Addressing different security concerns: The forward approach

Small business owners and startup founders are often busy with various management concerns and investments. However, on top of their priority list should be cybersecurity. Today, cybersecurity is more than just about being compliant to regulations and laws. It is more about having both proactive and reactive stance, so as to address different security concerns. In this post, we are discussing all the relevant aspects about the forward approach. 

Understanding the basics

For the unversed, proactive security is about taking preventive & precautionary measures, so as to prevent a breach in the first place. On the other hand, reactive cybersecurity is about taking steps to minimize the impact of something like data theft. To give an example, when you install an antimalware software, you are taking a proactive step, but when a malware file has infected a networked device, the action taken to remove the same and prevent further issues is reactive cybersecurity. Both are as important for an organization. Keep in mind that in absence of an incident response plan, your business will suffer considerably, because the IT team is unaware of what action must be taken immediately. 

Taking help

Many small businesses now work with professional agencies to manage their cybersecurity needs. This is absolutely a wise step, given that not many founders have a clear idea of compliance and relevant aspects. Also, rules and regulations related to cybersecurity are being updated and changed every now and then, so it’s really hard to keep up. If your company is looking for help with cybersecurity, consider hiring experts, so that the policy draft is strong, addresses your concerns, and is also compliant to the relevant laws.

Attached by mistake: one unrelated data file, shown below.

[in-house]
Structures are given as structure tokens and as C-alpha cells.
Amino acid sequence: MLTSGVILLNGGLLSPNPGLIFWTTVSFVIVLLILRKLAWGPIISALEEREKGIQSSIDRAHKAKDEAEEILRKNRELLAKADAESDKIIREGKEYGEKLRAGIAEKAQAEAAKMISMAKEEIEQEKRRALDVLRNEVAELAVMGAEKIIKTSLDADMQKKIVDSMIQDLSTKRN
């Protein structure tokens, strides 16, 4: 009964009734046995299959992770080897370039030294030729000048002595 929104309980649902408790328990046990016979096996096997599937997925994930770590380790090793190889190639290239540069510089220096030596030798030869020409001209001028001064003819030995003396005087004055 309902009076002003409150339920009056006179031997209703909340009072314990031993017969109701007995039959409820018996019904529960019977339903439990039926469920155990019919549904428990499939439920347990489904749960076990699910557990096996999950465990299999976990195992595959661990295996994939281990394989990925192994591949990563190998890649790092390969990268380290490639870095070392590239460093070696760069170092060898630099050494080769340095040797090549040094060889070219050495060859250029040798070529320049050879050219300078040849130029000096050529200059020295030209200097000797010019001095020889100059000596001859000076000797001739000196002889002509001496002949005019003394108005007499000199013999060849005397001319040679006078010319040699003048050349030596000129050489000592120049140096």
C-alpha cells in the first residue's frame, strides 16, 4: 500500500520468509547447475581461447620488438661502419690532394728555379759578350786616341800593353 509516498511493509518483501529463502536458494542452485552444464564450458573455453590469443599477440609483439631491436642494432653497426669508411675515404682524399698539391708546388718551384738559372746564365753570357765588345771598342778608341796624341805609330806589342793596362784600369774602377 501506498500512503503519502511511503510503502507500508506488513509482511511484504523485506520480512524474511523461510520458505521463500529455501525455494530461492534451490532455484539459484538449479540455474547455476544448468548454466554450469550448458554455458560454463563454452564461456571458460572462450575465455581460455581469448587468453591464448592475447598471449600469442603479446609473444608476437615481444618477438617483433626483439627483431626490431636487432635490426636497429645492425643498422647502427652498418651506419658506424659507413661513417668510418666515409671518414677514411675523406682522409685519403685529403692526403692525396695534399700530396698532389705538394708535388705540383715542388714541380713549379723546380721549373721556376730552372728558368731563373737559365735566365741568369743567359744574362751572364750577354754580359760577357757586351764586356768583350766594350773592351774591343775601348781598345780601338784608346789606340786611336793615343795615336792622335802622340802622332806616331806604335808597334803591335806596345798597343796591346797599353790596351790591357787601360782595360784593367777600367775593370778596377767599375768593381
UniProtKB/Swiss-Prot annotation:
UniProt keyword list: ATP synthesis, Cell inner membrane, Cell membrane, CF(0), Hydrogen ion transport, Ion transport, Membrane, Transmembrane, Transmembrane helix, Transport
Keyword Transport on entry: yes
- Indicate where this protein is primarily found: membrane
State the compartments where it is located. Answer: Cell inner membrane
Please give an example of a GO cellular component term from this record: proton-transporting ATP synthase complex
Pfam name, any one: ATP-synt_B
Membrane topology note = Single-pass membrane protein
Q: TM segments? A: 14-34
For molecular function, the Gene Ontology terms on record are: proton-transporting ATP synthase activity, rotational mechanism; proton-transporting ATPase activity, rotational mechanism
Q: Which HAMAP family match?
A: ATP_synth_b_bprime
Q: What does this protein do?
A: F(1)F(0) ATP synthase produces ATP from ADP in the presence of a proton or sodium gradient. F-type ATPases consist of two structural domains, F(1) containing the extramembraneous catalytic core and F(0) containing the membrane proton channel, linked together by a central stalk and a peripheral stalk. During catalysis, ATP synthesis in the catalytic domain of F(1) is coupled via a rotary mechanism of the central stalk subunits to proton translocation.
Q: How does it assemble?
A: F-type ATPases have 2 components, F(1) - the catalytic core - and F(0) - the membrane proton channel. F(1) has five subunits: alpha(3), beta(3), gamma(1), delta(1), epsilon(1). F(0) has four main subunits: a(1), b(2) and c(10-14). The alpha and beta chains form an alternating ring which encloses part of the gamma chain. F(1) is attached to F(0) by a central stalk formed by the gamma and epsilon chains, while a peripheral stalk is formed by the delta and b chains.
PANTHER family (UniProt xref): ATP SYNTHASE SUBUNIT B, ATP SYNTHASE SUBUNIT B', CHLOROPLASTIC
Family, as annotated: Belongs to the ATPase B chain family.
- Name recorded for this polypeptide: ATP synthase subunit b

Training people

Training employees on cybersecurity is equally necessary. You don’t want a team handling your IT resources, when they don’t know how to find a malicious file or read emails with attention. Most malware attacks on small businesses occur through network scanning and phishing, and a bunch of malware files are often downloaded by employees, who are unsuspecting and often don’t know much about the damage that a malware program can cause. To prevent the same, ensure that you spend on cybersecurity awareness training, and make this a part of employee onboarding process and other workshops. 

There is no denying that businesses have to be a step ahead to beat hackers in their game. If needed, consider running a bounty program, to get the help of ethical hacking community.